Cassy O’Connor MP | Greens Leader
The 43 state servants who have been stood down in relation to allegations of child sexual abuse points to the significant scale of the culture and harms that led to the establishment of the Commission of Inquiry.
There was a reluctance to provide detail about the four public servants who, it was found following investigations, had breached the Code of Conduct and sanctioned. Given the need to reassure Tasmanians, we had hoped more openness and transparency about what sanctions were put in place.
We cautiously welcome the Premier’s comments about reforming ED5 processes – it’s clear it needs change to ensure the mistakes of the past aren’t repeated and the culture of cover-up ends.
We’ll wait to see what those details look like, and would expect any recommendation from the Commission of Inquiry in relation to state servants are implemented without any delay.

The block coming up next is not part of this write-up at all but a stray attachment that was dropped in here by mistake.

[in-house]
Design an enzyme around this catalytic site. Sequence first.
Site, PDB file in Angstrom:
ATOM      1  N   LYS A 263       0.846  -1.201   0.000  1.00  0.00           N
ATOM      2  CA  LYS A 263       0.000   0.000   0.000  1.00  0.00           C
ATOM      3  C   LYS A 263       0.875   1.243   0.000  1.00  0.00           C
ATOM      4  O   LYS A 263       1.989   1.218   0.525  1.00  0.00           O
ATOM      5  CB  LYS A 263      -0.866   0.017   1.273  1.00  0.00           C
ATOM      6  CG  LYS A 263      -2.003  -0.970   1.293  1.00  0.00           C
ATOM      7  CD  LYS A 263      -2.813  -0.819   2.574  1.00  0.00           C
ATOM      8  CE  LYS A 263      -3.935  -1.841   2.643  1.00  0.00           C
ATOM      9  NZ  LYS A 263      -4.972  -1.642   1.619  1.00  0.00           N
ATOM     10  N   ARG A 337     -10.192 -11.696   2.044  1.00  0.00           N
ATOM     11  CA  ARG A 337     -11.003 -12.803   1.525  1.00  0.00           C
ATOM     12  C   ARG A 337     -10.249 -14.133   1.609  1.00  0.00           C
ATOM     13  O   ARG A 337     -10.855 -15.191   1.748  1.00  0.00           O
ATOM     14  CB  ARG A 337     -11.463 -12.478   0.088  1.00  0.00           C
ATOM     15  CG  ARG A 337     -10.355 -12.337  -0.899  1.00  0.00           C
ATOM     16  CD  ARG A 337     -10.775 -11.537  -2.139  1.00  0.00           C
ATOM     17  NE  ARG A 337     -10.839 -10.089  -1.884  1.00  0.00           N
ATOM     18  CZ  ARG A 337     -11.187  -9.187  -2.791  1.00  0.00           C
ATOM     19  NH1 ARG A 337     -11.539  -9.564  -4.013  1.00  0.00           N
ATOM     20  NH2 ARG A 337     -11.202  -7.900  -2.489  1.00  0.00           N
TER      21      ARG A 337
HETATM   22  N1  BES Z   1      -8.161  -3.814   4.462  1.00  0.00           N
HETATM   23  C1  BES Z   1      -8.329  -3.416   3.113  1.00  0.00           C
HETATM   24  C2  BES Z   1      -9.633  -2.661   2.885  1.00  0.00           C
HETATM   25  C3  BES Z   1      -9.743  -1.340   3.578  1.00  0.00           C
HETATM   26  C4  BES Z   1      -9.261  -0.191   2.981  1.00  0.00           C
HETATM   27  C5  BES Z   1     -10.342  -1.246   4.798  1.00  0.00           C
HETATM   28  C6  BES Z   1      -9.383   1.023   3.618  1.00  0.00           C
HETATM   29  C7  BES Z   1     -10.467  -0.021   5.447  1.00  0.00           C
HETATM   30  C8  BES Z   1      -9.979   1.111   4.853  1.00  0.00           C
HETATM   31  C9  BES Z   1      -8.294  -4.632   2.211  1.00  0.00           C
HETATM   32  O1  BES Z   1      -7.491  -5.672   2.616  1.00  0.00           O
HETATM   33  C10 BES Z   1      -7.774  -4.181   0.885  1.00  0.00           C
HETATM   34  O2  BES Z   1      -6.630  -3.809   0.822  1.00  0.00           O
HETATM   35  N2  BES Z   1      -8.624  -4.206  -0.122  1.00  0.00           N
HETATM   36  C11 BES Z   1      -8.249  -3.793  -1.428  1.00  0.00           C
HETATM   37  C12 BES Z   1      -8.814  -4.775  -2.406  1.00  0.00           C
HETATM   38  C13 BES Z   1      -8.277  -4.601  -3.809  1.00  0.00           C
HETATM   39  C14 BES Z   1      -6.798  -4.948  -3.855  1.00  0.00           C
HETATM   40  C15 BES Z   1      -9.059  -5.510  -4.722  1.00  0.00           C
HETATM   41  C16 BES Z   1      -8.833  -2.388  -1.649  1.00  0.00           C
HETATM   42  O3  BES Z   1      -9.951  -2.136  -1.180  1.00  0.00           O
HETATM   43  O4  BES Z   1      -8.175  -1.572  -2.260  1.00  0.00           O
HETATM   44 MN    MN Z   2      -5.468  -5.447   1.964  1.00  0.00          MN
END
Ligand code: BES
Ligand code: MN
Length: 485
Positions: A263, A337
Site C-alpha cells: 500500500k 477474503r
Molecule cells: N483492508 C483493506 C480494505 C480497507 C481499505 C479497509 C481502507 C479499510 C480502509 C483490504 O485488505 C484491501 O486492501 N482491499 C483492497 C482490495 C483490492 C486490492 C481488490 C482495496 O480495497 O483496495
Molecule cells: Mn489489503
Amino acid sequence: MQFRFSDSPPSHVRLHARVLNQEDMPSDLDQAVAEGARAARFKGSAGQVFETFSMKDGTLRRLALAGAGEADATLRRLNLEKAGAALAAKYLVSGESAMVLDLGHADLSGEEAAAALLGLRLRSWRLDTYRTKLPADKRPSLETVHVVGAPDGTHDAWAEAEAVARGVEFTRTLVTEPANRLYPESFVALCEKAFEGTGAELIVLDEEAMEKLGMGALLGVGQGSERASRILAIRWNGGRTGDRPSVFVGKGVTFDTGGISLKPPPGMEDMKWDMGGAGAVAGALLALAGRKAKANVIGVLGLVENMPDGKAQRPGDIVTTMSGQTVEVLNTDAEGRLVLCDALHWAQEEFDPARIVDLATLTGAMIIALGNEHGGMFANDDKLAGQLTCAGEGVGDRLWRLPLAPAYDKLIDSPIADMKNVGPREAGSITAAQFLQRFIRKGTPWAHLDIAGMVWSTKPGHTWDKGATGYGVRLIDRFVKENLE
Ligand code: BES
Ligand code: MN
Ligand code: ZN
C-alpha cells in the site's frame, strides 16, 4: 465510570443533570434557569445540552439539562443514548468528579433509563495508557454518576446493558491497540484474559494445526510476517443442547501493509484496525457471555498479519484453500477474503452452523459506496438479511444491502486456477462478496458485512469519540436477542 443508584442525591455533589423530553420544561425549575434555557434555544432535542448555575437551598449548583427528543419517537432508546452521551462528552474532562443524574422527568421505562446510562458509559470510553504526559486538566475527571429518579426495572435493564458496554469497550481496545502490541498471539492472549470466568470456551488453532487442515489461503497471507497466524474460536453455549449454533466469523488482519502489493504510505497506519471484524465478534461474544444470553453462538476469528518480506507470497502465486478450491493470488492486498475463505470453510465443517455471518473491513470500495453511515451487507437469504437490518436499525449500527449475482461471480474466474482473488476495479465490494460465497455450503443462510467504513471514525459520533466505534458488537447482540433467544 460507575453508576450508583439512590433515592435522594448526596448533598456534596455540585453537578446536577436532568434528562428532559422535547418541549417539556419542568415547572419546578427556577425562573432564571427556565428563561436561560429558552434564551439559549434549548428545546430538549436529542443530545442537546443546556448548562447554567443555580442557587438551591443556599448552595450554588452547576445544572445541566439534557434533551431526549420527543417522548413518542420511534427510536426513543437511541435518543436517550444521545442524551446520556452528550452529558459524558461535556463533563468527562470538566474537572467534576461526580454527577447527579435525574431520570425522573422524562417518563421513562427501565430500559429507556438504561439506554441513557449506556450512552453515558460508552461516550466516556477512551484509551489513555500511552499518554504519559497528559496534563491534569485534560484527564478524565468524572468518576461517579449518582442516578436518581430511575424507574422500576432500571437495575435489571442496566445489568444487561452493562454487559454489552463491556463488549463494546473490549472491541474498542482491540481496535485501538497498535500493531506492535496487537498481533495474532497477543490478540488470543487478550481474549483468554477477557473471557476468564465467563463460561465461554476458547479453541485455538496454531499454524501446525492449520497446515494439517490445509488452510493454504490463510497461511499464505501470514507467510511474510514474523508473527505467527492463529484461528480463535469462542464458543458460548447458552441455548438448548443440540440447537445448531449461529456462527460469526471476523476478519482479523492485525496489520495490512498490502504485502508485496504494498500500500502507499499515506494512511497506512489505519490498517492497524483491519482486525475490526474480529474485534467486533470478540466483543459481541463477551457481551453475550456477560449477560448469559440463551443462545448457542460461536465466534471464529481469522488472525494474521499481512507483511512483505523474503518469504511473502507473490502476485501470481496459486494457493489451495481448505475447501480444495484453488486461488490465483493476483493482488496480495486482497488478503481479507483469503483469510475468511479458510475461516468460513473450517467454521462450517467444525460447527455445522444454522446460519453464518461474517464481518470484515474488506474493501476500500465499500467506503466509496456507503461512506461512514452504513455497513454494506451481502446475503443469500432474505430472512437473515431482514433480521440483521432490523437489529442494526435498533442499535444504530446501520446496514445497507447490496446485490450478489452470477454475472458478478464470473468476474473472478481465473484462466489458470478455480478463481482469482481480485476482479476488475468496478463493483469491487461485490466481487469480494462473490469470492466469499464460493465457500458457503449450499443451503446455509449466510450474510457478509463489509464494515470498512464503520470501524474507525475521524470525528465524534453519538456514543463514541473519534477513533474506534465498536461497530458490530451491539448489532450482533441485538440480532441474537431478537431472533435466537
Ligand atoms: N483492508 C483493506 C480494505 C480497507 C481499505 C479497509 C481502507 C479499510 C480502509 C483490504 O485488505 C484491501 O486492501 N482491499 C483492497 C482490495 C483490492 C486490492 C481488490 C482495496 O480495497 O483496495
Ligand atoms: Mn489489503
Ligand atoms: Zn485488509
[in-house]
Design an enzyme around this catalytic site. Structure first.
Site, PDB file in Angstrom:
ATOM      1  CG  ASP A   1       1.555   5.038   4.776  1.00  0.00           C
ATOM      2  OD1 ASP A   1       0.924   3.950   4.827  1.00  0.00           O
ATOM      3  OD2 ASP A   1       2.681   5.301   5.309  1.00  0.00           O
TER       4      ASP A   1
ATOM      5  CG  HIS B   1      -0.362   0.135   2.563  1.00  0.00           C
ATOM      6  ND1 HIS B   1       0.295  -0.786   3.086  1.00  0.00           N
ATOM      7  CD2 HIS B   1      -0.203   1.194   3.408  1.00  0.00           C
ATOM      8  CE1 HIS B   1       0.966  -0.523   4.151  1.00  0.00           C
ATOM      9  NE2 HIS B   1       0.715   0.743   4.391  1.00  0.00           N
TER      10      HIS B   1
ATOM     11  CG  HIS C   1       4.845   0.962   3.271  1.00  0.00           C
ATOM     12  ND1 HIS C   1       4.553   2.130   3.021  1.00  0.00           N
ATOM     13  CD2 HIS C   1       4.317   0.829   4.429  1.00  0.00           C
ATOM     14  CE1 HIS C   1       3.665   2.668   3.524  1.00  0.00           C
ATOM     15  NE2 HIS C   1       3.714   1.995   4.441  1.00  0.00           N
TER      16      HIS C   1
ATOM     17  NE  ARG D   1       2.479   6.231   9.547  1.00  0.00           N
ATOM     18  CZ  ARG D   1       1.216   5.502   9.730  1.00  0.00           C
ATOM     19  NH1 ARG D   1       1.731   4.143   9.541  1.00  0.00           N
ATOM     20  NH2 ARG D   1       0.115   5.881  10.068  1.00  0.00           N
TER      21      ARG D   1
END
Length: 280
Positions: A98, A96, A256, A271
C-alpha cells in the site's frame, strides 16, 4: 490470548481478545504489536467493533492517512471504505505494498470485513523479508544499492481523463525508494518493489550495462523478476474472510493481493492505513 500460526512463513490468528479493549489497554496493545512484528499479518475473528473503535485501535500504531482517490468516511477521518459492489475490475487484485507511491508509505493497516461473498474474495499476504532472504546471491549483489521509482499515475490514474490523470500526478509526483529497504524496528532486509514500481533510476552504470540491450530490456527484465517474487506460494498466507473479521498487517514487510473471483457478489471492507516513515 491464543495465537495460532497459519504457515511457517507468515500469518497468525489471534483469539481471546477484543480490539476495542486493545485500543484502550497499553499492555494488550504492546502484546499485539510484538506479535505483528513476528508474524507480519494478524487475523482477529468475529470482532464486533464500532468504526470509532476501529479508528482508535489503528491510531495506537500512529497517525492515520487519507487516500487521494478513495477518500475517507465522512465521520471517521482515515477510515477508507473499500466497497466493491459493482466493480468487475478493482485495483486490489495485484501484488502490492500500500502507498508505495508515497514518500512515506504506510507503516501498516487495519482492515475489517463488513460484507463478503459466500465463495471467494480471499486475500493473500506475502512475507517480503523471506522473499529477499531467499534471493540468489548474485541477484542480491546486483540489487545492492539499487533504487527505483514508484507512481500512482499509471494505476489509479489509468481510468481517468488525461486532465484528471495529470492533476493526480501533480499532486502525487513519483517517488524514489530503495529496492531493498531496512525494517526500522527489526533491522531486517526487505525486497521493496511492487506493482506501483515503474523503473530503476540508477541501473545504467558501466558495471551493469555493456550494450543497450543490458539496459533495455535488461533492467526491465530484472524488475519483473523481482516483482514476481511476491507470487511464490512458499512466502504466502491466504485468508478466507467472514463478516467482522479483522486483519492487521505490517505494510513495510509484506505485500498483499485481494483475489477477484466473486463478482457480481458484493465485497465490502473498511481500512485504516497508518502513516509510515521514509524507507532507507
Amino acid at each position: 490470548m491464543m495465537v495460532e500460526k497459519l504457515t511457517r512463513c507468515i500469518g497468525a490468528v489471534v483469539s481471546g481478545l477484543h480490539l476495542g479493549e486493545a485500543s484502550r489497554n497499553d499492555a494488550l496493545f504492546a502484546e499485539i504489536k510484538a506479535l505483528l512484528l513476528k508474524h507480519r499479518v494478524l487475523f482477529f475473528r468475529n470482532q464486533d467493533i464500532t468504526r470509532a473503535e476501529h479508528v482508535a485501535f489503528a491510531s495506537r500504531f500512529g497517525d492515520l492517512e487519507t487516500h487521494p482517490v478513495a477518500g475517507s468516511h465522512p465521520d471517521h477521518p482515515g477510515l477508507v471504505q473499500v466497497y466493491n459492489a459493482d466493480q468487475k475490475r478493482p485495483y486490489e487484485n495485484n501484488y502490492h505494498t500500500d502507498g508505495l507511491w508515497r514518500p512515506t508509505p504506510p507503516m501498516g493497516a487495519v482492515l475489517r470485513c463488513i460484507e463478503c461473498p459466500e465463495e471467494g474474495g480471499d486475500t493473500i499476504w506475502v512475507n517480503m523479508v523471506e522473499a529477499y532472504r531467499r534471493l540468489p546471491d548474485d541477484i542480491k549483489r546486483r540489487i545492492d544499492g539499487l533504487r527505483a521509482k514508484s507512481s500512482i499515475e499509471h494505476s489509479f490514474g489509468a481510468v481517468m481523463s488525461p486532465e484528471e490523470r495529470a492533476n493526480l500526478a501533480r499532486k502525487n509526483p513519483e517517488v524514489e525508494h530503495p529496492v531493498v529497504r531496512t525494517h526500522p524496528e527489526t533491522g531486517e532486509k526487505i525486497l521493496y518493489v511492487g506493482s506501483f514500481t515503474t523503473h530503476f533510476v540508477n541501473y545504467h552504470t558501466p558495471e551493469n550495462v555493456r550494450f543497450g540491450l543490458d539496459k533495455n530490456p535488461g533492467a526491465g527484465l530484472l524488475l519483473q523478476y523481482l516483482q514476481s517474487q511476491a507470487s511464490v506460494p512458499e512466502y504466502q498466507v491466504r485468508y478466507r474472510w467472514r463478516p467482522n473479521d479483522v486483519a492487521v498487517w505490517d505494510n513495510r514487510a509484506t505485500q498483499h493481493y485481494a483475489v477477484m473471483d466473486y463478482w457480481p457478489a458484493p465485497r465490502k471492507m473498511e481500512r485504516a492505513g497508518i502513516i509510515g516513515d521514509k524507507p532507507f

Evidence presented to the Commission also made it clear there is an urgent need for improved protection for whistle-blowers. We’d expect the Rockliff Liberals to be planning this legislative reform now.
Late last year, the Greens wrote to the Premier ahead of the Budget, asking for an assurance of interim funds for the COI to be included. While we were initially pleased to see $30M listed, there are now questions over whether it was reallocated from delayed spending in child safety and support services.
You don’t protect children by moving money around in the budget.
It was somewhat reassuring to hear the Premier say his Government is serious about genuinely responding to the Commission of Inquiry.
While the Commission isn’t handing down its report until the end of August, it’s almost certain reform of the State Service Act, whistleblower protections in the Public Interest Disclosure Act and a massive, targeted investment in child safety and youth justice will be required.